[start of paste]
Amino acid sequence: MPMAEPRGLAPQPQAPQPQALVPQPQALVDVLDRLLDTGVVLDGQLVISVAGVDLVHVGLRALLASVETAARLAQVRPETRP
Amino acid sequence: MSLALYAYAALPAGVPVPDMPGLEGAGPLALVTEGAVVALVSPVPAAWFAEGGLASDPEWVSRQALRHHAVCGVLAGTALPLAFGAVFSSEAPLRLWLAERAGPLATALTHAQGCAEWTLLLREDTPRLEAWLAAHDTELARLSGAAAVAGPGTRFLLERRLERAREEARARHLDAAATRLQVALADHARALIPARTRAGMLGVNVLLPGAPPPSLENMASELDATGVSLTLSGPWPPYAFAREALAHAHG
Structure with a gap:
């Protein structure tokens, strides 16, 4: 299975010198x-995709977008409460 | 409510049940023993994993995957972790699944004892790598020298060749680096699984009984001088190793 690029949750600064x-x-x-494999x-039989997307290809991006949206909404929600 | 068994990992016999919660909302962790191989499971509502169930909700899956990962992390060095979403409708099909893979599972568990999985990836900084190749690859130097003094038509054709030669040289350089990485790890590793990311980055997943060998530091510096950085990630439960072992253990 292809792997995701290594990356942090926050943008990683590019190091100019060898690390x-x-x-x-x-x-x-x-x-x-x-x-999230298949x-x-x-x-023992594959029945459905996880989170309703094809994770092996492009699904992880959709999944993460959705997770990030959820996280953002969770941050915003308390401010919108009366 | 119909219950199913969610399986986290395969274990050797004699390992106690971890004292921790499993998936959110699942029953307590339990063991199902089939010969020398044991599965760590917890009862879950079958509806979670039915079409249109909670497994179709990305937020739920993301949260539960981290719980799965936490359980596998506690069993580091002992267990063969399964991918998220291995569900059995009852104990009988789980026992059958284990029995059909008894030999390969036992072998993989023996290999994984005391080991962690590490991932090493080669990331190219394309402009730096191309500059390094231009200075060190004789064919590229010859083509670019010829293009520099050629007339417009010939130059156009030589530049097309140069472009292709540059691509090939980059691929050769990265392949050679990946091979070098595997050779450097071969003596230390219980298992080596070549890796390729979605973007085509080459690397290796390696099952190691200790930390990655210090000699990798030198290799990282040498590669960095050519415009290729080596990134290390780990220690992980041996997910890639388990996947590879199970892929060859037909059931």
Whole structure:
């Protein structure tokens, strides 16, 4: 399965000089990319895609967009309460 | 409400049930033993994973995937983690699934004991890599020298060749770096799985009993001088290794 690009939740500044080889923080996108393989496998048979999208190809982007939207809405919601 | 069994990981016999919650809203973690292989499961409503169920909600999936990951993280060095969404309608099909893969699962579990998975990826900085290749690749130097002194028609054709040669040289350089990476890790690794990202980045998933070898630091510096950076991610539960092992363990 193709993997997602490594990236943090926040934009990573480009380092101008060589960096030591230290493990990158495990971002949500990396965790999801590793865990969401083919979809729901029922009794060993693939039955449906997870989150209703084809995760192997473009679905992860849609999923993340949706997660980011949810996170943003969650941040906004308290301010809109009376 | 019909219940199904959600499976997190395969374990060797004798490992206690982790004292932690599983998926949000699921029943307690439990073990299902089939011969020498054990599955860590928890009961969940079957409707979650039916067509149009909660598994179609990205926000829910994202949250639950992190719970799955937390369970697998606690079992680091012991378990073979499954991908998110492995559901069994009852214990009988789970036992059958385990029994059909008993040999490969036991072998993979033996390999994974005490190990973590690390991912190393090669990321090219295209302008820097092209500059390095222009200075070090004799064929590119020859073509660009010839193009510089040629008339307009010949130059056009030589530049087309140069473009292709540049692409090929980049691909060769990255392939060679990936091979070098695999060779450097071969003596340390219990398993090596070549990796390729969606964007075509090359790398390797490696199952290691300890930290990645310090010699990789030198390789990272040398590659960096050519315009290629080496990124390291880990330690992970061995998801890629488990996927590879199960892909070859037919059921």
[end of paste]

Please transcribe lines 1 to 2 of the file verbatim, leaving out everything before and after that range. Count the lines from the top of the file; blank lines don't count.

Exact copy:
Amino acid sequence: MPMAEPRGLAPQPQAPQPQALVPQPQALVDVLDRLLDTGVVLDGQLVISVAGVDLVHVGLRALLASVETAARLAQVRPETRP
Amino acid sequence: MSLALYAYAALPAGVPVPDMPGLEGAGPLALVTEGAVVALVSPVPAAWFAEGGLASDPEWVSRQALRHHAVCGVLAGTALPLAFGAVFSSEAPLRLWLAERAGPLATALTHAQGCAEWTLLLREDTPRLEAWLAAHDTELARLSGAAAVAGPGTRFLLERRLERAREEARARHLDAAATRLQVALADHARALIPARTRAGMLGVNVLLPGAPPPSLENMASELDATGVSLTLSGPWPPYAFAREALAHAHG